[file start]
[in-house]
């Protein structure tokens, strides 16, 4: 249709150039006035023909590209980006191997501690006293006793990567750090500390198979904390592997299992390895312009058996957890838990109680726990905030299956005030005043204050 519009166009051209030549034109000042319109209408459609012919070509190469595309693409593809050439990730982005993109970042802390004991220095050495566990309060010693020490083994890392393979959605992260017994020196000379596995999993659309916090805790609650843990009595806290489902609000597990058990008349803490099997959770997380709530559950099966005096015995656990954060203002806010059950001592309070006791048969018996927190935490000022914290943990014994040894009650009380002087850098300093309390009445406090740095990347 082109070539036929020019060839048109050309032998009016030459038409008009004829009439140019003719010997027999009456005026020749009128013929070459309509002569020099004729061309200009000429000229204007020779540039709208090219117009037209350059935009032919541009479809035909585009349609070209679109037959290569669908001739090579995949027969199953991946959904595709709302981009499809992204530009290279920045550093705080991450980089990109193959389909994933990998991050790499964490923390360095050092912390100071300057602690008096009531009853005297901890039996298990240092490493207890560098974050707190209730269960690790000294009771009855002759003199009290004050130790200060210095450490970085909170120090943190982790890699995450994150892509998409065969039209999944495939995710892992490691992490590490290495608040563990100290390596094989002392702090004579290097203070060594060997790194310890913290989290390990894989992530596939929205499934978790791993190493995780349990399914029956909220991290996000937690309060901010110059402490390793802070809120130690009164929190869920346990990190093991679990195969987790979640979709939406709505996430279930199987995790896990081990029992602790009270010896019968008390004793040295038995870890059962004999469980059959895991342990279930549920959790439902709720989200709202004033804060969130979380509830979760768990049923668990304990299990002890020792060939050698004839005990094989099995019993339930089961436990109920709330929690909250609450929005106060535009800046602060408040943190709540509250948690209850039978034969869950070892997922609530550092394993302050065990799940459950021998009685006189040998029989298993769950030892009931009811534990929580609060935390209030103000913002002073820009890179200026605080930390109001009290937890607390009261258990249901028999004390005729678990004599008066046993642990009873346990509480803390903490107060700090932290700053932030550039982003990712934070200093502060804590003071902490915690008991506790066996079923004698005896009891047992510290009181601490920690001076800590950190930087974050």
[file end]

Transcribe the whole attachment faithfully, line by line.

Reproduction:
[in-house]
């Protein structure tokens, strides 16, 4: 249709150039006035023909590209980006191997501690006293006793990567750090500390198979904390592997299992390895312009058996957890838990109680726990905030299956005030005043204050 519009166009051209030549034109000042319109209408459609012919070509190469595309693409593809050439990730982005993109970042802390004991220095050495566990309060010693020490083994890392393979959605992260017994020196000379596995999993659309916090805790609650843990009595806290489902609000597990058990008349803490099997959770997380709530559950099966005096015995656990954060203002806010059950001592309070006791048969018996927190935490000022914290943990014994040894009650009380002087850098300093309390009445406090740095990347 082109070539036929020019060839048109050309032998009016030459038409008009004829009439140019003719010997027999009456005026020749009128013929070459309509002569020099004729061309200009000429000229204007020779540039709208090219117009037209350059935009032919541009479809035909585009349609070209679109037959290569669908001739090579995949027969199953991946959904595709709302981009499809992204530009290279920045550093705080991450980089990109193959389909994933990998991050790499964490923390360095050092912390100071300057602690008096009531009853005297901890039996298990240092490493207890560098974050707190209730269960690790000294009771009855002759003199009290004050130790200060210095450490970085909170120090943190982790890699995450994150892509998409065969039209999944495939995710892992490691992490590490290495608040563990100290390596094989002392702090004579290097203070060594060997790194310890913290989290390990894989992530596939929205499934978790791993190493995780349990399914029956909220991290996000937690309060901010110059402490390793802070809120130690009164929190869920346990990190093991679990195969987790979640979709939406709505996430279930199987995790896990081990029992602790009270010896019968008390004793040295038995870890059962004999469980059959895991342990279930549920959790439902709720989200709202004033804060969130979380509830979760768990049923668990304990299990002890020792060939050698004839005990094989099995019993339930089961436990109920709330929690909250609450929005106060535009800046602060408040943190709540509250948690209850039978034969869950070892997922609530550092394993302050065990799940459950021998009685006189040998029989298993769950030892009931009811534990929580609060935390209030103000913002002073820009890179200026605080930390109001009290937890607390009261258990249901028999004390005729678990004599008066046993642990009873346990509480803390903490107060700090932290700053932030550039982003990712934070200093502060804590003071902490915690008991506790066996079923004698005896009891047992510290009181601490920690001076800590950190930087974050």